Embodiment of the Evil? Reconsidering Colonialism and the British Empire


Book launch: Nigel Biggar: Colonialism - A Moral Reckoning (William Collins, 2023)

Nigel Biggar, Emeritus Regius Professor of Moral and Pastoral Theology at the University of Oxford, has recently published his latest book, Colonialism: A Moral Reckoning. This Sunday Times bestseller is a unique analysis of Western colonialism, aimed at repainting the commonly-held negative image of the British Empire as the embodiment of evil. The Author is not uncritical of the British Empire and recognises the significance of its wrongdoings, including the violence and injustice inflicted by the colonialists. However, he argues that to simply collect all the facts that portray a historical institution in a dark light and present them as the complete picture is to distort history. Instead, he invites the reader to see and judge colonialism in all its complexity, taking into account all sides of the coin.

Covering all the major critiques of colonialism, from racism and slavery to cultural and economic oppression, exploitation and violence, the book asks the question posed by Reg in the Monty Python classic: "What have the Romans done for us?" What, if any, positive effects did colonialism have? Biggar concludes that it did bring with it certain benefits in terms of modernisation, socio-economic transformation, governance and more.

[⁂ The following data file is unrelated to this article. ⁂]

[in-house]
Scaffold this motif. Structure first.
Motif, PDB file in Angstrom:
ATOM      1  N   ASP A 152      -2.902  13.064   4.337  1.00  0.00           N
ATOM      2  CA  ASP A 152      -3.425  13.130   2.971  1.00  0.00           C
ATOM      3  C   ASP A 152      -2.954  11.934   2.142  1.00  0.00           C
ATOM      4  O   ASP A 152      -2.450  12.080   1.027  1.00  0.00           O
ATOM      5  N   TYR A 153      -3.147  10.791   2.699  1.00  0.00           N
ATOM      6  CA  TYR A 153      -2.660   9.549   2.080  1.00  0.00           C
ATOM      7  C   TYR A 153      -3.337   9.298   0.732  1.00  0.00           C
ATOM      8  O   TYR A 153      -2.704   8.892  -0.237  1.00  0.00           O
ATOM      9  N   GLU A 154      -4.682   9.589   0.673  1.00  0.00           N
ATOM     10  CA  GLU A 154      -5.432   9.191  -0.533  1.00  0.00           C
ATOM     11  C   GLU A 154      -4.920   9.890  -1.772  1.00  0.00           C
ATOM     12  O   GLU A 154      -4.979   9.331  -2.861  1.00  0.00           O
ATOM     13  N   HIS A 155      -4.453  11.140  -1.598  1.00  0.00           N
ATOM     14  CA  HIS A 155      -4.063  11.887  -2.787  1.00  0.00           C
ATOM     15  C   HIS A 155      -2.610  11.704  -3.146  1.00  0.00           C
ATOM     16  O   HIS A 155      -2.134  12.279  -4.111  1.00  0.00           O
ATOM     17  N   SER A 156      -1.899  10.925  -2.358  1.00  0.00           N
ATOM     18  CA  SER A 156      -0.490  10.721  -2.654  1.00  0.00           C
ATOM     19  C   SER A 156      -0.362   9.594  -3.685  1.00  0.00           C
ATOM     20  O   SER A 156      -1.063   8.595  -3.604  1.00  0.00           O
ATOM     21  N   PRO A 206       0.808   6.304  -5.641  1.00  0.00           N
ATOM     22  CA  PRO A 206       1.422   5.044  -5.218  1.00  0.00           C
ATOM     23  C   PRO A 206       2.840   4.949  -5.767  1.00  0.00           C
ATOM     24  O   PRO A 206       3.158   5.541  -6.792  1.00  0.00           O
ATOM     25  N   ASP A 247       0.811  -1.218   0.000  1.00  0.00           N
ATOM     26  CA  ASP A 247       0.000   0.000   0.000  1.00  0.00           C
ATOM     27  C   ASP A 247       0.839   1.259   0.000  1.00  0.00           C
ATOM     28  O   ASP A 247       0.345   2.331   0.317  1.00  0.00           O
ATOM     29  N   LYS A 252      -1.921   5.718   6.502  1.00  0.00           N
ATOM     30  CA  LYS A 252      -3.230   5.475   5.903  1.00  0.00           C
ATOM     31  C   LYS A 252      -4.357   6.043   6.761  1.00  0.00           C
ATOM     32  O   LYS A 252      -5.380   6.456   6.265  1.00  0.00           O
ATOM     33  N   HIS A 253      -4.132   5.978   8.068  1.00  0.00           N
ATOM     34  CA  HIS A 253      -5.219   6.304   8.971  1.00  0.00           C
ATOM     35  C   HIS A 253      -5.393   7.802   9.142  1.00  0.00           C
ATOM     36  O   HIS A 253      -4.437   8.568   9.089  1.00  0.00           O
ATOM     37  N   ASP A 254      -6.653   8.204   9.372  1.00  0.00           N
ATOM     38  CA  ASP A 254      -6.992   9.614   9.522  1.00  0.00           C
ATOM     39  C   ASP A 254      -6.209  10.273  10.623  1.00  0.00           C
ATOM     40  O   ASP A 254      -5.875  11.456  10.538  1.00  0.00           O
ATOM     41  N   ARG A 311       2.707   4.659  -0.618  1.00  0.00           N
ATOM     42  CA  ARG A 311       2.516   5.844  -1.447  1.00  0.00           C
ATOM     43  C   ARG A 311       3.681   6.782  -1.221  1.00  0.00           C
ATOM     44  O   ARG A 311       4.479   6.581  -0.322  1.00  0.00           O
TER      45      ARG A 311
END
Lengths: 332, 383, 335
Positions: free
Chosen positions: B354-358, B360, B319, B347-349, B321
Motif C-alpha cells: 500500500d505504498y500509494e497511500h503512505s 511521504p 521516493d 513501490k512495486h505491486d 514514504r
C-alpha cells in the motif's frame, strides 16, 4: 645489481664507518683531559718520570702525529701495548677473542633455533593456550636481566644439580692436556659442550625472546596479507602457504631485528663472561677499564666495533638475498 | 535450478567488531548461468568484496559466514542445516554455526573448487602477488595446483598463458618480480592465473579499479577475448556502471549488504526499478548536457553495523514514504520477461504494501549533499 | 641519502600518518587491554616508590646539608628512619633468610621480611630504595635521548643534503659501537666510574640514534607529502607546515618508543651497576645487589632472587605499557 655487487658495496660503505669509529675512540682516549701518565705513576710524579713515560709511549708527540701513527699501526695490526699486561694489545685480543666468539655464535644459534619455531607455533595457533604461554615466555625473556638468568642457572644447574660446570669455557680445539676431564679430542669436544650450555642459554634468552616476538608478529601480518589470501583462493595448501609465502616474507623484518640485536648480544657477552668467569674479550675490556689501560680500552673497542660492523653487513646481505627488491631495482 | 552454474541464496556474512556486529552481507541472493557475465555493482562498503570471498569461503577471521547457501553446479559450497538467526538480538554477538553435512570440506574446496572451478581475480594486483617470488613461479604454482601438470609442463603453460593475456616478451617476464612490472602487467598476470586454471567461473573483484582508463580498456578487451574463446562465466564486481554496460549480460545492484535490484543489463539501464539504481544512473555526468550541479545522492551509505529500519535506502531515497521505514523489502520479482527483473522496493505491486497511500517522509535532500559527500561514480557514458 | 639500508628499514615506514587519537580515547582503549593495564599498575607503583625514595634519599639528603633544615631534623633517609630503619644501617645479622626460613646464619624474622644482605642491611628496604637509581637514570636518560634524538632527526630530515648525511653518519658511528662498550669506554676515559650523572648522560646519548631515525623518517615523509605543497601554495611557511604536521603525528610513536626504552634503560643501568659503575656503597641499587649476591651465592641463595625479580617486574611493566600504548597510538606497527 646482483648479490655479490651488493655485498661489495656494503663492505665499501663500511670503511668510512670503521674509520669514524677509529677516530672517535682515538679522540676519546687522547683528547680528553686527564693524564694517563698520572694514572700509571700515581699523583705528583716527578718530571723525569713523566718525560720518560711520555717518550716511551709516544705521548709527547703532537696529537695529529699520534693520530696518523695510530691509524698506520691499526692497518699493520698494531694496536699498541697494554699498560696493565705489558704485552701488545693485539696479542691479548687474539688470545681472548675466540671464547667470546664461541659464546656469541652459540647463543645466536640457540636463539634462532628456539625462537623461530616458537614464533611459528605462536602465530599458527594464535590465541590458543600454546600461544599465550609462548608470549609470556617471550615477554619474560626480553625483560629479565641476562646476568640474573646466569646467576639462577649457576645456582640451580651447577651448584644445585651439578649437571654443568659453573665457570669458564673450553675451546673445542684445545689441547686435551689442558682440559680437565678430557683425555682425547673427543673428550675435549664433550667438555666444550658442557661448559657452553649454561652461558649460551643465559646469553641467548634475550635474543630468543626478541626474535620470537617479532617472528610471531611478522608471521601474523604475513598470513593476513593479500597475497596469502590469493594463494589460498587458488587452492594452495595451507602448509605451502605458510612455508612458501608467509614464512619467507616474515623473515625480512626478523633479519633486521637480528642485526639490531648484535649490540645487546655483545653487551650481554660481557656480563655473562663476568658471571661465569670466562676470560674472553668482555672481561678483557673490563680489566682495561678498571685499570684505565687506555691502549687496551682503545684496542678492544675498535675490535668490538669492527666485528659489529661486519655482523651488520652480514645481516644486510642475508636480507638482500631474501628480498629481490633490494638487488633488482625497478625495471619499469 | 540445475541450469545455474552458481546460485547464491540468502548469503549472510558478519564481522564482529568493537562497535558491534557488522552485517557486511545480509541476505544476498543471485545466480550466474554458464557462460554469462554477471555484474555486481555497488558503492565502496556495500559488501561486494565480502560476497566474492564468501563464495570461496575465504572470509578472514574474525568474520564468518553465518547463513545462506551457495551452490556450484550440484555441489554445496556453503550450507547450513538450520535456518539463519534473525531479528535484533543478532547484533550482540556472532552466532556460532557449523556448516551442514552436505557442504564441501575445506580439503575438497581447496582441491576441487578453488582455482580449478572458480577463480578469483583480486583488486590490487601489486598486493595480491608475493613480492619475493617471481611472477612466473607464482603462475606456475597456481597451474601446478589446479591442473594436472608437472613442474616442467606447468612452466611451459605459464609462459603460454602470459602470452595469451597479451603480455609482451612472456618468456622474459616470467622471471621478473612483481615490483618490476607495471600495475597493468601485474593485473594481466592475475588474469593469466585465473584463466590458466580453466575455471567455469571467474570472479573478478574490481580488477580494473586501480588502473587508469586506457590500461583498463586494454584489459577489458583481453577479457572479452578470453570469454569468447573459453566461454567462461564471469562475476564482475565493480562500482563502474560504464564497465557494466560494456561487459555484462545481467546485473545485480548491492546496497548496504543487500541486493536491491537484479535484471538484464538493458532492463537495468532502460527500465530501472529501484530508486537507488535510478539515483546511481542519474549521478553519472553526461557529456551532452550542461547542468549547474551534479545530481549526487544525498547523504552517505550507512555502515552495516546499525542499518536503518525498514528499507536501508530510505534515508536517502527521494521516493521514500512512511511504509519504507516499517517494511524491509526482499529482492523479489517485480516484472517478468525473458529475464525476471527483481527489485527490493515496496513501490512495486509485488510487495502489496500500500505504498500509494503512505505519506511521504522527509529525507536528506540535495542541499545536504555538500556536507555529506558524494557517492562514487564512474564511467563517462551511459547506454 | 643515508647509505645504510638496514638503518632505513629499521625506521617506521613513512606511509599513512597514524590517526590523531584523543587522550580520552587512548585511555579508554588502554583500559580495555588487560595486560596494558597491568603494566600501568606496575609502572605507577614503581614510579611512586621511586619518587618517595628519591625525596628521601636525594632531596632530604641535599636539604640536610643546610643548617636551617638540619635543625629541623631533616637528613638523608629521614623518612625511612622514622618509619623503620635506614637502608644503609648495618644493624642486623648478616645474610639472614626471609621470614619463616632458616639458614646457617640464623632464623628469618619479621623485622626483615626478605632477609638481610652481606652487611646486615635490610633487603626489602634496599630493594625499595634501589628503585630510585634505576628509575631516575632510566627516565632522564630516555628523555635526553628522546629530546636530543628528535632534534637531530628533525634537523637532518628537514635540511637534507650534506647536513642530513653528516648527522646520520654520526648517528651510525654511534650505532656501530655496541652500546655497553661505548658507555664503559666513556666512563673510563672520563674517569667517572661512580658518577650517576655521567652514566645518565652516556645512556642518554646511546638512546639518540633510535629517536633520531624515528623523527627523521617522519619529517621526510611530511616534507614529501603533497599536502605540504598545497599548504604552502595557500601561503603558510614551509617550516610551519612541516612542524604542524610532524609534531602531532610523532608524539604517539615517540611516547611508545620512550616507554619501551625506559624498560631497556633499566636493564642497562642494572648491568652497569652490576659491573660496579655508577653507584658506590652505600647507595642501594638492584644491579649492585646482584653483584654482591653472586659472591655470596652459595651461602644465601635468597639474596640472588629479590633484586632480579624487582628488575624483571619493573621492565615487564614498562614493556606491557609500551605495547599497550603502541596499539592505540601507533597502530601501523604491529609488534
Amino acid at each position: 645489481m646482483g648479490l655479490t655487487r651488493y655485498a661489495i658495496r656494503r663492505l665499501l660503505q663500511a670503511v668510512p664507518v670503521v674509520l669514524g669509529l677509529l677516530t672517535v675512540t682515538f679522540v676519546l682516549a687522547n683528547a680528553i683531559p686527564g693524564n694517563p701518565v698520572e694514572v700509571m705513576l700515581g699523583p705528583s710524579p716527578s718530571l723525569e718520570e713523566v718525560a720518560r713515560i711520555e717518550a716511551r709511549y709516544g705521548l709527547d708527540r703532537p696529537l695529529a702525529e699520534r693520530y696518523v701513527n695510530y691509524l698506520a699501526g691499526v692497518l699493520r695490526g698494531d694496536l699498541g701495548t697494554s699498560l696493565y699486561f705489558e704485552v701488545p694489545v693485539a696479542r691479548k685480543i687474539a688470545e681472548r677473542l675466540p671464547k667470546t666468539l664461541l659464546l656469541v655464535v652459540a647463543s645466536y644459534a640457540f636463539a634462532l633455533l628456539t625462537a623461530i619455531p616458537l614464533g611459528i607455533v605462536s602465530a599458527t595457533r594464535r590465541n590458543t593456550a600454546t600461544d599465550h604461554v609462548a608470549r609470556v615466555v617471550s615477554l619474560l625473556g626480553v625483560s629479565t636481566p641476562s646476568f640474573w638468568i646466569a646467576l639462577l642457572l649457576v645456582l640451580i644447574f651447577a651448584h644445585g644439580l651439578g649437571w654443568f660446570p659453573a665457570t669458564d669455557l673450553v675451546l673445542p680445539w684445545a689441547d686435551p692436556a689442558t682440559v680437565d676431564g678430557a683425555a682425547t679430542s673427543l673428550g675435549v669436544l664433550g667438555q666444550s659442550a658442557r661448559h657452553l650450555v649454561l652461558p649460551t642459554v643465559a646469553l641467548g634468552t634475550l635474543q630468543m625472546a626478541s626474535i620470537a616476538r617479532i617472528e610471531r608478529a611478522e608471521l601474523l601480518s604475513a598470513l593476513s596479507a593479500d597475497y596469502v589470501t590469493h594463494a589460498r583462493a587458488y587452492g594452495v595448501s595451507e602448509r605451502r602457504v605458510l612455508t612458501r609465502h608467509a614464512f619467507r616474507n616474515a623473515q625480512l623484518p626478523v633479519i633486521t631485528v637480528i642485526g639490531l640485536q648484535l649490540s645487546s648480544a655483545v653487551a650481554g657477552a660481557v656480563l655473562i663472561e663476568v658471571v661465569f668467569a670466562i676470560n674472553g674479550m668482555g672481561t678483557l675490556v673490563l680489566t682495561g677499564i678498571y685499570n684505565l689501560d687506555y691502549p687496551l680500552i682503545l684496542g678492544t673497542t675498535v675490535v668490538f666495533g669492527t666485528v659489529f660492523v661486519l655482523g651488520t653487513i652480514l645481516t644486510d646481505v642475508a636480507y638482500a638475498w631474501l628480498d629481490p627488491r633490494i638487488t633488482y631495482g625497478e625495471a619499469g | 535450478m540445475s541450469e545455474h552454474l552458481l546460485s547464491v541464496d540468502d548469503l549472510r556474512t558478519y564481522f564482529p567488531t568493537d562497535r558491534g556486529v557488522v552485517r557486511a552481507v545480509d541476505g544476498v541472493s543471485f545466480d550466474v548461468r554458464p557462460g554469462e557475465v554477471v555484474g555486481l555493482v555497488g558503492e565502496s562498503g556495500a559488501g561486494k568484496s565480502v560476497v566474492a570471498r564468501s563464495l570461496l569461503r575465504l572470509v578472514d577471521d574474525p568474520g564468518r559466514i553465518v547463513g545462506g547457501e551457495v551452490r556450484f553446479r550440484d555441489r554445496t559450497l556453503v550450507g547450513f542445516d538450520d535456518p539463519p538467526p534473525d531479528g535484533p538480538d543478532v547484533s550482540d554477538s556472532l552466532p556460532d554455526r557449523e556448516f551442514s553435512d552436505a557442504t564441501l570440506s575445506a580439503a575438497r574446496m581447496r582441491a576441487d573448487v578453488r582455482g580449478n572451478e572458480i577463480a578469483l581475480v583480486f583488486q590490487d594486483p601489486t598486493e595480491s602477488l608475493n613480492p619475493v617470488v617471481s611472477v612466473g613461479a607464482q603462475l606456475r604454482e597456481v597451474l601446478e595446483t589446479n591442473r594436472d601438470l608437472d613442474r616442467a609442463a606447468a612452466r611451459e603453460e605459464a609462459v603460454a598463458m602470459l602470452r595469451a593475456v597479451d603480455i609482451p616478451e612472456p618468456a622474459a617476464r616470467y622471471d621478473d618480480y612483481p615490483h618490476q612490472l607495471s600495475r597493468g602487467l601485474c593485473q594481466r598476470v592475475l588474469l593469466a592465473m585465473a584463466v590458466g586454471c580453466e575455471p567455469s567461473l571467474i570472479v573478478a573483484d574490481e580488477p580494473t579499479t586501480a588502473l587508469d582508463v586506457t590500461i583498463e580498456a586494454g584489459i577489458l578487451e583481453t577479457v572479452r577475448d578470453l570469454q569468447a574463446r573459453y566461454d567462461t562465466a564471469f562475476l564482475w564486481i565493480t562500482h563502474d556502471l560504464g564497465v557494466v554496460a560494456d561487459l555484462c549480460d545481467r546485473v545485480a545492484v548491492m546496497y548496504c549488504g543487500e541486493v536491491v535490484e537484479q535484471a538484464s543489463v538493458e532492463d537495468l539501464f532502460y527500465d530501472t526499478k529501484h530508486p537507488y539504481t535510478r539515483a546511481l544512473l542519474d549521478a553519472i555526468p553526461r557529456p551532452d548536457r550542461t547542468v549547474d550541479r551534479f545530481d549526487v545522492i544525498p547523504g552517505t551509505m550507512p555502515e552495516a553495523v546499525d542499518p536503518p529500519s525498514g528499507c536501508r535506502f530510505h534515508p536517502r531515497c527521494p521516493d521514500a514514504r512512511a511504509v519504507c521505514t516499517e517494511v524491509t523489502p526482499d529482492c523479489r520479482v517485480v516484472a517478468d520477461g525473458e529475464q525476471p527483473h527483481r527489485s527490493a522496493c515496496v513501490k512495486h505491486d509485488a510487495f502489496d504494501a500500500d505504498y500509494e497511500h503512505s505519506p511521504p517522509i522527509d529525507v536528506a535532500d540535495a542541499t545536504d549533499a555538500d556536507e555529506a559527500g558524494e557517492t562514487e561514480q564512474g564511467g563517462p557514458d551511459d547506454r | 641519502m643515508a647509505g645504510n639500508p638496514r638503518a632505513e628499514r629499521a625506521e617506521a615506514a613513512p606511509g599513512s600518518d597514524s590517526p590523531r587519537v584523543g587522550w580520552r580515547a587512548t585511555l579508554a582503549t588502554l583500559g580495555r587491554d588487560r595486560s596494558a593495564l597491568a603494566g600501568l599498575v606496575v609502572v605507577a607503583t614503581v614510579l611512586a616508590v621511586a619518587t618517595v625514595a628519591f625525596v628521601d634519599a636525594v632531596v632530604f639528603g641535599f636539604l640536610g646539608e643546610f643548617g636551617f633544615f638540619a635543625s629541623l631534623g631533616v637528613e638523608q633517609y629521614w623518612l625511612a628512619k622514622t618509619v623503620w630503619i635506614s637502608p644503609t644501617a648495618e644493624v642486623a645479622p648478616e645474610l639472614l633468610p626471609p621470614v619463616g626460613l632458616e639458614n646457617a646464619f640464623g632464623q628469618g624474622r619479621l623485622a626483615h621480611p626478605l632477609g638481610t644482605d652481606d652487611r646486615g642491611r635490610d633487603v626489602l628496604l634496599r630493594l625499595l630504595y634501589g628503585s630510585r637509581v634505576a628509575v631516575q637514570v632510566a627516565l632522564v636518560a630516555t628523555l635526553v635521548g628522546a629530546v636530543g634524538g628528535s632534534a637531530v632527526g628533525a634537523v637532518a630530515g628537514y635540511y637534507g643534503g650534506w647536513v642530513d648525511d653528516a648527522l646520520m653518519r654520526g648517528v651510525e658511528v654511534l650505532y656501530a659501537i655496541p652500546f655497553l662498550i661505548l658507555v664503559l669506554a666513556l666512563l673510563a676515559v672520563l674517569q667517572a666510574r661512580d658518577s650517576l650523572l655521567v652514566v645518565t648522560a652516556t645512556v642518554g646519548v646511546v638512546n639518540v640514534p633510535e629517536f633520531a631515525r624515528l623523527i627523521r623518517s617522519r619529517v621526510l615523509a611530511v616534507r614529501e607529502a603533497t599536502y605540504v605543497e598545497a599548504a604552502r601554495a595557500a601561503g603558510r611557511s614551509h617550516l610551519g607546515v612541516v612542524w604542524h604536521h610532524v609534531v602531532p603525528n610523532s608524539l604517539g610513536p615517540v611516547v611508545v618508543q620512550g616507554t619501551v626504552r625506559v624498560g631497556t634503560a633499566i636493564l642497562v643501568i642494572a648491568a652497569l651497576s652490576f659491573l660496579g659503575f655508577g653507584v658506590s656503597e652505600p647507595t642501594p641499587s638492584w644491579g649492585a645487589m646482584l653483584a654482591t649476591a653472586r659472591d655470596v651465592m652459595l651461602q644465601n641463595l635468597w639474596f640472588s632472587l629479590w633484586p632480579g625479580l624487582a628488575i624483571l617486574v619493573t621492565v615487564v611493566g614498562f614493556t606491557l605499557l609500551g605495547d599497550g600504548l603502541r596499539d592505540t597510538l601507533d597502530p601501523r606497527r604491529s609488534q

Can we speak of positive effects of an oppressive regime? What do oppressed societies owe to the British Empire? How should we morally judge colonialism? The book Colonialism: A Moral Reckoning has provoked a wide range of reactions, and the author himself will be present at the book launch event in Budapest to answer questions.

- Nigel Biggar (University of Oxford)
- David Martin Jones (Danube Institute)
- Marie Kawthar Daouda (Oriel College / University of Oxford)
- John O’Sullivan (Danube Institute)